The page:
Since 1976, when capital punishment was reinstated, eighty-seven men and women have been taken off death row and freed because they were proven innocent. Since the turn of the century, 343 people have been wrongly convicted. Of these, 137 were sentenced to death, twenty-five were actually executed, sixty-one served more than ten years in jail, and seven died while in prison (Rein et al. 77). These figures raise the question: how many innocent people are on death row right now? Recent studies and new evidence suggest that some death row inmates awaiting execution may have been wrongly convicted. A twenty-three year study conducted by Columbia University Law Professor James S. Liebman states that "American capital sentences are so persistently and systematically fraught with error" (Liebman et al., par. 2). In "A Broken System: Error Rates in Capital Cases, 1973-1995," Liebman found that the overall rate of prejudicial error in the capital system was 68%.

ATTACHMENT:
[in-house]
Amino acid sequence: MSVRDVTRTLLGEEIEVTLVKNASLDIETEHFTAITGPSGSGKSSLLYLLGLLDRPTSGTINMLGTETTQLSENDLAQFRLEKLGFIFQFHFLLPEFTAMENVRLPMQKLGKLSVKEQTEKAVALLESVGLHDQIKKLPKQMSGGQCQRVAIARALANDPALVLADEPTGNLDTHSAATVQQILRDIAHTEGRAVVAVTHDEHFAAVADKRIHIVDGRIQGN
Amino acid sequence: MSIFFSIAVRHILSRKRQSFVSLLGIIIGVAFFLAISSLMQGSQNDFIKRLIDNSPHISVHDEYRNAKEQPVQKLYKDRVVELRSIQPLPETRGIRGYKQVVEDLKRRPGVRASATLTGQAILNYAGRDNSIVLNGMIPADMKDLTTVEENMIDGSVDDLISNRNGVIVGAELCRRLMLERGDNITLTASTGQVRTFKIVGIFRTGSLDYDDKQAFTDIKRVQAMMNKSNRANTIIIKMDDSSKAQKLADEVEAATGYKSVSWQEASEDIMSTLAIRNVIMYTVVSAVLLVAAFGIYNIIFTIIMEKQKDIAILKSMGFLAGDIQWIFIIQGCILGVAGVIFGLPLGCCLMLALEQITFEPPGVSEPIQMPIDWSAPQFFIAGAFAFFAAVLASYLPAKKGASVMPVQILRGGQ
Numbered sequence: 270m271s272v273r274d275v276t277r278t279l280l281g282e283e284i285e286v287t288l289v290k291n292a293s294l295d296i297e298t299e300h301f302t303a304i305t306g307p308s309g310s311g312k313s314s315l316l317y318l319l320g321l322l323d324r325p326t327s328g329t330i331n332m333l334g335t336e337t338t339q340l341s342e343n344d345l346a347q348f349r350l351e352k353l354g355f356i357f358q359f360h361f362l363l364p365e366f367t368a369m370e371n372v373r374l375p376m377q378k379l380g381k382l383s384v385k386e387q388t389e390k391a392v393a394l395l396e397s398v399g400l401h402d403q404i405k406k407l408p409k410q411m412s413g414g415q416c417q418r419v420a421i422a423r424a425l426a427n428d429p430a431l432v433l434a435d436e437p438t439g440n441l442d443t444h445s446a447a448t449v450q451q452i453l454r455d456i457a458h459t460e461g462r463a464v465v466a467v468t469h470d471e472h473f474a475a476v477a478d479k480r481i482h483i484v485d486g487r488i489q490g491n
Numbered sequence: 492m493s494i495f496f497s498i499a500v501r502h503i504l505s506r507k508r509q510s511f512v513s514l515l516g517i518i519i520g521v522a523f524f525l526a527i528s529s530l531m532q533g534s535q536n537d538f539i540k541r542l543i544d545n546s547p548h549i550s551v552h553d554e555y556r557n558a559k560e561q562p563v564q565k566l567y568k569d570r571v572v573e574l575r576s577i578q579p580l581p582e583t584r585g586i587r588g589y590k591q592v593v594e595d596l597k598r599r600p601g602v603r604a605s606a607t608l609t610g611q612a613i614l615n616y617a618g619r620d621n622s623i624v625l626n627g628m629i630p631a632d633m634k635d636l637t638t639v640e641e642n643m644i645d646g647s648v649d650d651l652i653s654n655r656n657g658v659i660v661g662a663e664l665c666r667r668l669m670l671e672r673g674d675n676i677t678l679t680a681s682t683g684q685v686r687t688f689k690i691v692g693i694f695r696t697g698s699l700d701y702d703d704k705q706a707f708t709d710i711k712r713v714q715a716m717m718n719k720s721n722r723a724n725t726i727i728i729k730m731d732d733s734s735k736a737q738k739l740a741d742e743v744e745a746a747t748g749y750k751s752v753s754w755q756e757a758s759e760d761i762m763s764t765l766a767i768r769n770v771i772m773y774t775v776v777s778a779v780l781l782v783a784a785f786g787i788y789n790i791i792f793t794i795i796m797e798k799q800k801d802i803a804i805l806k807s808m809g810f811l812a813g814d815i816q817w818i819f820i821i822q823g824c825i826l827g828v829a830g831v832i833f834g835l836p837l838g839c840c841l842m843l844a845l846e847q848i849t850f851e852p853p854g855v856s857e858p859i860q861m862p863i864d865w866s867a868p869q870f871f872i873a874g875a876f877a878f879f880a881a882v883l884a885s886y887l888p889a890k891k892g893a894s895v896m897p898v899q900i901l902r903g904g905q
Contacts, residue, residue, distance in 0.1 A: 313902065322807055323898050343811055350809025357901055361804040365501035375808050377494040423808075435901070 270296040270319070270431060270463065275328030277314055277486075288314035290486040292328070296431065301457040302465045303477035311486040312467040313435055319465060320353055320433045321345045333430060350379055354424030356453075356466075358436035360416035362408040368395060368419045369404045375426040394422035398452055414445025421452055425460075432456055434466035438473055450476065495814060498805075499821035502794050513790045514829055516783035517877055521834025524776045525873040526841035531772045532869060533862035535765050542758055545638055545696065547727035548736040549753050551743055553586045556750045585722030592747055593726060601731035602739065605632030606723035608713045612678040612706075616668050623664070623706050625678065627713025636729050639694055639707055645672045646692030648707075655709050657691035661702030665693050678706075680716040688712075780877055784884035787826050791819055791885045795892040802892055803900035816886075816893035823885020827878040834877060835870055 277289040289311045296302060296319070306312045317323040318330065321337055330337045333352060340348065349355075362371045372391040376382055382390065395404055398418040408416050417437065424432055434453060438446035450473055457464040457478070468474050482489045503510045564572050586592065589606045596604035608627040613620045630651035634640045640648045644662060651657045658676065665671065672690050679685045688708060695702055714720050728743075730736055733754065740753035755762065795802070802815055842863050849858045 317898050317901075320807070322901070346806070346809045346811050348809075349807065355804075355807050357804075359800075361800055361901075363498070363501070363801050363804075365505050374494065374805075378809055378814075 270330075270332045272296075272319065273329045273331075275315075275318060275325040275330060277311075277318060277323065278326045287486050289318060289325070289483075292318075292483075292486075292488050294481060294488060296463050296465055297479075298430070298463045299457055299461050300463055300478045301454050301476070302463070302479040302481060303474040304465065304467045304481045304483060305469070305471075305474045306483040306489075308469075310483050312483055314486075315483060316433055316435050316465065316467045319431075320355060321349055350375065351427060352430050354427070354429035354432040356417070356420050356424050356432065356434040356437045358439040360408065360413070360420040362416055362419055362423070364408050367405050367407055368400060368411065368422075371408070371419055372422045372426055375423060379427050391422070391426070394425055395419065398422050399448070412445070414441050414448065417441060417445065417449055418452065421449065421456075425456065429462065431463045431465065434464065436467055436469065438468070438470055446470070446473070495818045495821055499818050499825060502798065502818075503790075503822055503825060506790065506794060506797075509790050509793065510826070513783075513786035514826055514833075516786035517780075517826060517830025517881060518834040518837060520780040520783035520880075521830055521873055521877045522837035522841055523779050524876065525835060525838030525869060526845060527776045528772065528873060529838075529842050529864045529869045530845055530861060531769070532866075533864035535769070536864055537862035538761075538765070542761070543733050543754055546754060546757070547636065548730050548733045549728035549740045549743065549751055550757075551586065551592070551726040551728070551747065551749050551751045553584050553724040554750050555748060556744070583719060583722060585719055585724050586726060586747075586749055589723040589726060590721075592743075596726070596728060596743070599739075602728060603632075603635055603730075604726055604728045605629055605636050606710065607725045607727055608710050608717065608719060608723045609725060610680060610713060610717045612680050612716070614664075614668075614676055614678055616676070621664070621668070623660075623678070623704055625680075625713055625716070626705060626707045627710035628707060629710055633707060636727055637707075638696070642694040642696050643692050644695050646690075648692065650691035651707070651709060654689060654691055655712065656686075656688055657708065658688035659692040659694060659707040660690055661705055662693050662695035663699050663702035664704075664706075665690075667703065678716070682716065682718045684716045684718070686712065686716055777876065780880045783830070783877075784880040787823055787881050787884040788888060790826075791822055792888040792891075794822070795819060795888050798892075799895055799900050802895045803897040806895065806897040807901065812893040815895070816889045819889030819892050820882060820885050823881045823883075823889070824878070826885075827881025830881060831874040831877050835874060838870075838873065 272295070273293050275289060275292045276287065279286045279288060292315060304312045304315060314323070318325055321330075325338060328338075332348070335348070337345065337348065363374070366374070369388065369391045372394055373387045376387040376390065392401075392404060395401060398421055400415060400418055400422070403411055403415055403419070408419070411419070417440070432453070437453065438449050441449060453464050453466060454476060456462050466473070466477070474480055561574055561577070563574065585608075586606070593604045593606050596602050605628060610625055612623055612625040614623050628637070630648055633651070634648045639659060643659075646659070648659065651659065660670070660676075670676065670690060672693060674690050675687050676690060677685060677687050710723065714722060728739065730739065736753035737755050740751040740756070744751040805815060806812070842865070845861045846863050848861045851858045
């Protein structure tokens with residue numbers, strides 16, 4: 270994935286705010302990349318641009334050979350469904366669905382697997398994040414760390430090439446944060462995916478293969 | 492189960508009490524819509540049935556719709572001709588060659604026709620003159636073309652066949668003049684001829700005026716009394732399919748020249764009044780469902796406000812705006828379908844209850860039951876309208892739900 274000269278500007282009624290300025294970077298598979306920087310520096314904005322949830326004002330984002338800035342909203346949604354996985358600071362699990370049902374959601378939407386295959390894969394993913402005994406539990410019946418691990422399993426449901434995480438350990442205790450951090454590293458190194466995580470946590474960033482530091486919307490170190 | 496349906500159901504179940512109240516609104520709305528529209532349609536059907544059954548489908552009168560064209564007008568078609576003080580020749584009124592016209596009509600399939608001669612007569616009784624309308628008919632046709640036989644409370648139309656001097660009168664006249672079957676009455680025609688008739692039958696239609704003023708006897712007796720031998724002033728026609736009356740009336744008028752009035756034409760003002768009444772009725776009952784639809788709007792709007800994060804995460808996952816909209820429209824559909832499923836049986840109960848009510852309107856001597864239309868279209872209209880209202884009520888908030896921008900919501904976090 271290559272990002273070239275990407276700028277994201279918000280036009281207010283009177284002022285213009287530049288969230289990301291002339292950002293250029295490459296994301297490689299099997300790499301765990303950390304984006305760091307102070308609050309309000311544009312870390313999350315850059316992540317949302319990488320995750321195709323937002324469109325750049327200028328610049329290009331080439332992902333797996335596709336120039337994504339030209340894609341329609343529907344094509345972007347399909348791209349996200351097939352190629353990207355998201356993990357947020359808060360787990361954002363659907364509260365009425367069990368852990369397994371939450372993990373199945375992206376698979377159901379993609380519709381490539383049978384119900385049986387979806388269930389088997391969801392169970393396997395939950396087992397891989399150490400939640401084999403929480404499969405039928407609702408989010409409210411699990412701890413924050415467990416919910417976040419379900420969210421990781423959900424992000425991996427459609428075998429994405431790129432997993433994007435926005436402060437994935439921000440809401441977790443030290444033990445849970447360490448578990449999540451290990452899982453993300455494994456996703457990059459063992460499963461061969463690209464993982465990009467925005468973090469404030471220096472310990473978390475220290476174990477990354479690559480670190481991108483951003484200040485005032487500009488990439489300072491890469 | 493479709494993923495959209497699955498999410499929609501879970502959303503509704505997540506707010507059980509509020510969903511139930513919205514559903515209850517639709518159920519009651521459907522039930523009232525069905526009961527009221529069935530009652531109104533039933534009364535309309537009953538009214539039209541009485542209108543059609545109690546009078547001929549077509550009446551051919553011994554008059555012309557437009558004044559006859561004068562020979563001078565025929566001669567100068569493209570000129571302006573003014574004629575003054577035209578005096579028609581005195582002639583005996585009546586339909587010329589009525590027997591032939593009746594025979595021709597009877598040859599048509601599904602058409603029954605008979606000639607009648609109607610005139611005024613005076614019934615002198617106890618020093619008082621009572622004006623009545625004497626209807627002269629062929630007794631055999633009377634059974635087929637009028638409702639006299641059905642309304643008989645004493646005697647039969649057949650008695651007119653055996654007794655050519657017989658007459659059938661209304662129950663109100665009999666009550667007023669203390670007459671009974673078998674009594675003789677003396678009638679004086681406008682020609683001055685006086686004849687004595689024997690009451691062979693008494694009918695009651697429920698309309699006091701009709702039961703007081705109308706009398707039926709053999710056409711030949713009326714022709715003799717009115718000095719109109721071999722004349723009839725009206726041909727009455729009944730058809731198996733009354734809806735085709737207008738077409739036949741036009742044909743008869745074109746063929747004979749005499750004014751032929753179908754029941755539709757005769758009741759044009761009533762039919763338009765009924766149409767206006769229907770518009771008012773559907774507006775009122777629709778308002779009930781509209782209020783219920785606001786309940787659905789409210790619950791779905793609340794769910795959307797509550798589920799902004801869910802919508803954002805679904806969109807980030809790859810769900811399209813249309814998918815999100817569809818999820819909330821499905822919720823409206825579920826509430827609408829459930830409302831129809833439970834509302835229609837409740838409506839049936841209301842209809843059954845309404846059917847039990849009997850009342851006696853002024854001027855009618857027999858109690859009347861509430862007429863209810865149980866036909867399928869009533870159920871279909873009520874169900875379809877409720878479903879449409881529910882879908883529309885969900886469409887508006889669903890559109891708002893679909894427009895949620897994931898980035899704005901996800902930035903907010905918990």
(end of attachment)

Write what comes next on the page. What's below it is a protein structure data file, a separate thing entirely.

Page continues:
Currently there are approximately 3,500 inmates on death row in thirty-eight states that have adopted the death penalty. Liebman's figure clearly indicates a possibility of some wrongful convictions in the cases of those still awaiting execution.
In order to impose the death sentence on a defendant, guilt must be established beyond a reasonable doubt. When it comes to matters of life and death, there should be no room for doubt in the minds of judges or juries. Defendants should be proven guilty beyond a shadow of a doubt in order to justify a death sentence. "In an execution in this country the test ought not to be reasonable doubt; the test ought to be is there any doubt." (Dieter, par. 27)
State and federal courts have found serious, reversible error in nearly seven of every ten of the thousands of capital punishment cases that have been...